This is a bit of a difficult problem for most nine-year-olds, I think. What is the difference between a need and a want? In class this week I used one of the Garbology to discuss this, building on the holiday homework assignment we went over last week.
First I put two categories on the board to see what people thought their needs were. Then I put up wants. Most of them were pretty clear about the basics: food and water. The rest I made them debate a bit. Do we need hospitals if we take good care of ourselves and rely on traditional Ayurvedic medicines? Do we need clothes if we live in a very hot place? Or shelter for that matter. Of course, we’ve all come to think of most of these things as needs, but it pushed the kids to think in quite interesting ways.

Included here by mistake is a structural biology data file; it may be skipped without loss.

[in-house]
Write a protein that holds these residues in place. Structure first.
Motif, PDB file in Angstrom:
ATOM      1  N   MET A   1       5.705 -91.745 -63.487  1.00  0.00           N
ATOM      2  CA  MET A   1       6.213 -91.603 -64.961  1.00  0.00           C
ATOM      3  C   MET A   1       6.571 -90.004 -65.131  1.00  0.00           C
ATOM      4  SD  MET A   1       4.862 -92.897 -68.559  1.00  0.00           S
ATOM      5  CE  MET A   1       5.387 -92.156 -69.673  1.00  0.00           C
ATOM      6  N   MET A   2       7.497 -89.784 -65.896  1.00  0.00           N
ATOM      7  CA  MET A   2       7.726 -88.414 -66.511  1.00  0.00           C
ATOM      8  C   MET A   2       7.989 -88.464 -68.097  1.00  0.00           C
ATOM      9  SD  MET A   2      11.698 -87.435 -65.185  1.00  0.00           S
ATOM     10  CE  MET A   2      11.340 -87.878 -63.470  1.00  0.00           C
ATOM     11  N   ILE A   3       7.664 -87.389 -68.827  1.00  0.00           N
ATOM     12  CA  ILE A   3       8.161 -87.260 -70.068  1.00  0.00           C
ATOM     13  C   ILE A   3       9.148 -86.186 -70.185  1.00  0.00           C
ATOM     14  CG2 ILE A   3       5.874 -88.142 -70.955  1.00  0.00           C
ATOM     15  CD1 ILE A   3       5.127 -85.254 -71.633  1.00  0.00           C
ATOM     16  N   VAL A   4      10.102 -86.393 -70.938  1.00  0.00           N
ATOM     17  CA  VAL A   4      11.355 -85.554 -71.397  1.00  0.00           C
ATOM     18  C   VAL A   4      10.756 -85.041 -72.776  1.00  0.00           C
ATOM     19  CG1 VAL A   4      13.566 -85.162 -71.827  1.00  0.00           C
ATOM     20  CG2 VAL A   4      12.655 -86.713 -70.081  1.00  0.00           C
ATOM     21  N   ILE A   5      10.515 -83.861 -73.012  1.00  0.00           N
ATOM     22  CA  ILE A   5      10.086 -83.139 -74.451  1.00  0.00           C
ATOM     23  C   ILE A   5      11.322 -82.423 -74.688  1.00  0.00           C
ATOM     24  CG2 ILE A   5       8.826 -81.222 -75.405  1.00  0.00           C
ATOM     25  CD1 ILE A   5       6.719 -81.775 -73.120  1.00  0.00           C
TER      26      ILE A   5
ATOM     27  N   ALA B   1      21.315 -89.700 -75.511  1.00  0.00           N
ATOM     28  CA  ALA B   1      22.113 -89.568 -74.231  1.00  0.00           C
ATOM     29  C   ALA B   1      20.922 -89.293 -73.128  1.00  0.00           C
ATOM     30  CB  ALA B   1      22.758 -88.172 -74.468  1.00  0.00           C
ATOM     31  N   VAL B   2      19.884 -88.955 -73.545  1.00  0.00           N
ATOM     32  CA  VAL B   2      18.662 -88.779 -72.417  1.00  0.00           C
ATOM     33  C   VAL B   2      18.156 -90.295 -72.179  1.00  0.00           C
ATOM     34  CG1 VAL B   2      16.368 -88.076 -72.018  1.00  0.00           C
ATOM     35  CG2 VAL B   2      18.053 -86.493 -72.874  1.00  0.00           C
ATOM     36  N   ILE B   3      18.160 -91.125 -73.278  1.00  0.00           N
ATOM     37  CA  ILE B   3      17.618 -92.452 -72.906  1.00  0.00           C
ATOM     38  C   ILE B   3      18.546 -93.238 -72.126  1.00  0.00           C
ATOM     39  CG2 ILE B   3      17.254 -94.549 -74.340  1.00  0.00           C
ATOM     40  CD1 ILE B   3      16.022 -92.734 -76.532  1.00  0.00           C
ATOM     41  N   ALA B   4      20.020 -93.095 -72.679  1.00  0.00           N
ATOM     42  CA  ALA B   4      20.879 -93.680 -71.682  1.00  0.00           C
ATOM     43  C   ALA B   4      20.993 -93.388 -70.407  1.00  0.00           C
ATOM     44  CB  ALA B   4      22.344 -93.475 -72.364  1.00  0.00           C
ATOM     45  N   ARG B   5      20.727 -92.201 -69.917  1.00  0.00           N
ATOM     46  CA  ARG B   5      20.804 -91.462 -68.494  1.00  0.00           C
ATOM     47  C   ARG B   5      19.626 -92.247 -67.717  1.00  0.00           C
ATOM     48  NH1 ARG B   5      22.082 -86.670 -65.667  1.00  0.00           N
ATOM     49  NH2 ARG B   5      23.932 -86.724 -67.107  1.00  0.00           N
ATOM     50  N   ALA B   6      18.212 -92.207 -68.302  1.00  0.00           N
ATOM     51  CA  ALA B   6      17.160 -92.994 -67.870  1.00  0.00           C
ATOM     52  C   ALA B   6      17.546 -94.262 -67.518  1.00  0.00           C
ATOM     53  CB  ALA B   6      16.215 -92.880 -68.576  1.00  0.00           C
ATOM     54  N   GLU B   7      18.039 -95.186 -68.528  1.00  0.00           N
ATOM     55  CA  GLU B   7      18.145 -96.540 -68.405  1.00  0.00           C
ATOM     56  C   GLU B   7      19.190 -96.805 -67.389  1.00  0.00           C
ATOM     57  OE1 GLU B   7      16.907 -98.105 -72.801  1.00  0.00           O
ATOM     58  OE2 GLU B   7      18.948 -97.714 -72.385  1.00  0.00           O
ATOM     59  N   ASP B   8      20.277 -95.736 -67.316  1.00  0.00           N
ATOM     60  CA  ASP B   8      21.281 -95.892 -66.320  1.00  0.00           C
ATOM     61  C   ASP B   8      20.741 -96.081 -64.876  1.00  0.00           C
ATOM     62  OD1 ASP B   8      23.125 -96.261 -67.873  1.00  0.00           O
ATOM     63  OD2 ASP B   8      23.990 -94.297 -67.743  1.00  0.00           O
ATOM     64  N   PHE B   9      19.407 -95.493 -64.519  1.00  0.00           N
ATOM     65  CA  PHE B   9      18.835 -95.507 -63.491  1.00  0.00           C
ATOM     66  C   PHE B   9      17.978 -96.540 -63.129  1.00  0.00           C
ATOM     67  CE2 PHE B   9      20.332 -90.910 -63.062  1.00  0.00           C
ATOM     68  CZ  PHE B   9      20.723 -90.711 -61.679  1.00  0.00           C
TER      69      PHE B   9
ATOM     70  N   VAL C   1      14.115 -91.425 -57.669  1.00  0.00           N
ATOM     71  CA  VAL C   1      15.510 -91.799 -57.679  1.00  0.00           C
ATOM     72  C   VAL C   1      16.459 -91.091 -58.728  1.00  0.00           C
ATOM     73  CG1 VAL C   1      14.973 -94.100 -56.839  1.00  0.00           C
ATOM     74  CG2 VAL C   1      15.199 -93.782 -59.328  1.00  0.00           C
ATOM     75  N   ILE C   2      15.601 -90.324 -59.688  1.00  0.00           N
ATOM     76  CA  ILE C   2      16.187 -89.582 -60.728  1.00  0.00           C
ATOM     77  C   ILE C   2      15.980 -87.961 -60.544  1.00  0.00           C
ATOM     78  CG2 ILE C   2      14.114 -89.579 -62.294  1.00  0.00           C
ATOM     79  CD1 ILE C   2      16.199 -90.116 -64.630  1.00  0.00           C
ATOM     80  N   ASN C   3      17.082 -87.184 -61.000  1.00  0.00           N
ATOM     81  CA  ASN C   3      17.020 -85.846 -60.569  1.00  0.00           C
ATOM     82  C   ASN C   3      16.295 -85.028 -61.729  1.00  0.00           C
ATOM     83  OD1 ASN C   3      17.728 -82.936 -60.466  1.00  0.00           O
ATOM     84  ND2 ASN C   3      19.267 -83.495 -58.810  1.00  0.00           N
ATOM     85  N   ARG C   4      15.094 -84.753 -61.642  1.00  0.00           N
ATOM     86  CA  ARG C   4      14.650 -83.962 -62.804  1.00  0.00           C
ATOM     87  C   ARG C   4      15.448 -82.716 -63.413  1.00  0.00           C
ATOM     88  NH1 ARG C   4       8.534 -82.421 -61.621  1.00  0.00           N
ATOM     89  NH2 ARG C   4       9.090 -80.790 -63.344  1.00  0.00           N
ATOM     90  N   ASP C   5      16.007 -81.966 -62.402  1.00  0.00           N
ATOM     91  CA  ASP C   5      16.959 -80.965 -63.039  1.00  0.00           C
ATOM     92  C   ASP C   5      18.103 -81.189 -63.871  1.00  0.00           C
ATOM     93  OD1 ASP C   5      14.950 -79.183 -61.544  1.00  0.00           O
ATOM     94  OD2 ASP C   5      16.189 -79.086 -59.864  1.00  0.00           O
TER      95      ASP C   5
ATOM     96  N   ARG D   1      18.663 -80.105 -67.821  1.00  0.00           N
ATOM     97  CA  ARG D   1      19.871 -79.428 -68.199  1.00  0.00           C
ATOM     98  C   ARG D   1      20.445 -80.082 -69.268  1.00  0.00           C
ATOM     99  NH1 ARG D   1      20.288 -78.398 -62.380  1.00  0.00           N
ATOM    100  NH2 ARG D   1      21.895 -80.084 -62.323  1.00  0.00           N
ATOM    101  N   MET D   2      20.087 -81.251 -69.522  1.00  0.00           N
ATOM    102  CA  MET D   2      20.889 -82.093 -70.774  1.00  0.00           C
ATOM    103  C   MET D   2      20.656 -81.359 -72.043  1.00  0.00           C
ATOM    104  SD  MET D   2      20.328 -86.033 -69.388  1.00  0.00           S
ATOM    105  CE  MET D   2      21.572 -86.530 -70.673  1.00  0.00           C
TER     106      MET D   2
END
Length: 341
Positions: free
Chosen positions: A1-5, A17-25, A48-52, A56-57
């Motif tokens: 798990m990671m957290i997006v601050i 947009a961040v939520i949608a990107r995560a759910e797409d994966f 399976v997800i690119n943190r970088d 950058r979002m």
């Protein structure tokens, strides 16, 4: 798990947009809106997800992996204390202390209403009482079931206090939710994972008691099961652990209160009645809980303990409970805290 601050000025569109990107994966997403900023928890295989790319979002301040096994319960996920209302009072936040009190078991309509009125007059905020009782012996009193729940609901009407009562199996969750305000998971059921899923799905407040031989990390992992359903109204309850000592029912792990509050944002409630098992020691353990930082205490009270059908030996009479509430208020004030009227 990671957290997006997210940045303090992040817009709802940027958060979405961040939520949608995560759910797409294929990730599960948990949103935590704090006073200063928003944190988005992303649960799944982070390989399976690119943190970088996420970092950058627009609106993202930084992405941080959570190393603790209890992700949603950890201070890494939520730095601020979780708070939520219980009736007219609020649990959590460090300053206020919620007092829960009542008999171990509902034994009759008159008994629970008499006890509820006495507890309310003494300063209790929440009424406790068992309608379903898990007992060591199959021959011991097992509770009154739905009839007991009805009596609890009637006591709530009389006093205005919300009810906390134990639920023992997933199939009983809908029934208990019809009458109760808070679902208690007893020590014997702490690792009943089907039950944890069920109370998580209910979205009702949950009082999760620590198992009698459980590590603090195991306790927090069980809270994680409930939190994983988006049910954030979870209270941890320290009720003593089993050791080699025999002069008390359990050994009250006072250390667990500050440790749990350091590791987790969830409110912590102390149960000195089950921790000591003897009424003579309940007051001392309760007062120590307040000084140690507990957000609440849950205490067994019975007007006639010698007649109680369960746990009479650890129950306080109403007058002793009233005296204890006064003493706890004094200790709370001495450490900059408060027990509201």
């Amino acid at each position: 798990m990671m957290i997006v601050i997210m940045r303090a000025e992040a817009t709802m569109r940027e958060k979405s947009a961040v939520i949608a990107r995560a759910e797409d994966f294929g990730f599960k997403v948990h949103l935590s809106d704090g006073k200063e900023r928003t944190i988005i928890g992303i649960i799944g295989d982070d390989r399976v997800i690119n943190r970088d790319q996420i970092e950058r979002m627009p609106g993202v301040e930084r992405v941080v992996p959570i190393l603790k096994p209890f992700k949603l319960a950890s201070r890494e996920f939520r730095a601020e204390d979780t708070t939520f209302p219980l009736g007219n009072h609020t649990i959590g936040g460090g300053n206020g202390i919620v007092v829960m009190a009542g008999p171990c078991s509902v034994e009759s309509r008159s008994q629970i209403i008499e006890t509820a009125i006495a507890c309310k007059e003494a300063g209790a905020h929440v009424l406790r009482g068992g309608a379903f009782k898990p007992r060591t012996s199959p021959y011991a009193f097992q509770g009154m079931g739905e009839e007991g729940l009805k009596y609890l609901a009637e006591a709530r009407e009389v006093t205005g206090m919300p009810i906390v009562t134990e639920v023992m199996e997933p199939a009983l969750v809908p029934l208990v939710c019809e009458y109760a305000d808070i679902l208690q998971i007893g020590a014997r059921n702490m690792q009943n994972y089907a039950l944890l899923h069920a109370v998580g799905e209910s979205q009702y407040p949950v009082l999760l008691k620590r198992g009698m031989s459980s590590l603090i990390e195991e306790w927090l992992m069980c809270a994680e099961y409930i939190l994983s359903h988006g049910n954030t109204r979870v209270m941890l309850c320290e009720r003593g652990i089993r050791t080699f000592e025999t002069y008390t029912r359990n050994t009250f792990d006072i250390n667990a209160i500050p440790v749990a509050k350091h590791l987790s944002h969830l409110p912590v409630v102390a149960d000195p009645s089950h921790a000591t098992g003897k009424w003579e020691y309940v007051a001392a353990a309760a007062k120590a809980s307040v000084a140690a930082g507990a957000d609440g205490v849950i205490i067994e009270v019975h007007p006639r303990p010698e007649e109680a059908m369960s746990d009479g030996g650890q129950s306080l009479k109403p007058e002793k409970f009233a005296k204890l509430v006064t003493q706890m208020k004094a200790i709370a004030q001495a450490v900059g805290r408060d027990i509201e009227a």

Then I handed out a sheet from the Garbology lesson and asked them to colour in the items that are needs and leave blank those that are wants. Most of them got it right: the music player, chocolate, toy truck, bicycle, video game, television, doll and even education were all left blank. Although there were students who didn’t much like the idea of education being a want.
But as with most things, I’m understanding more and more, what we know intellectually doesn’t easily translate into behavioural change. So while they may know the difference between these wants and needs, they are only nine after all and sometimes that desire for chocolate can be quite strong and difficult to suppress! I think it’s a good exercise for all of us to do so we can consciously consider what we buy before we do so: do we really need x, y, zed or do we want it?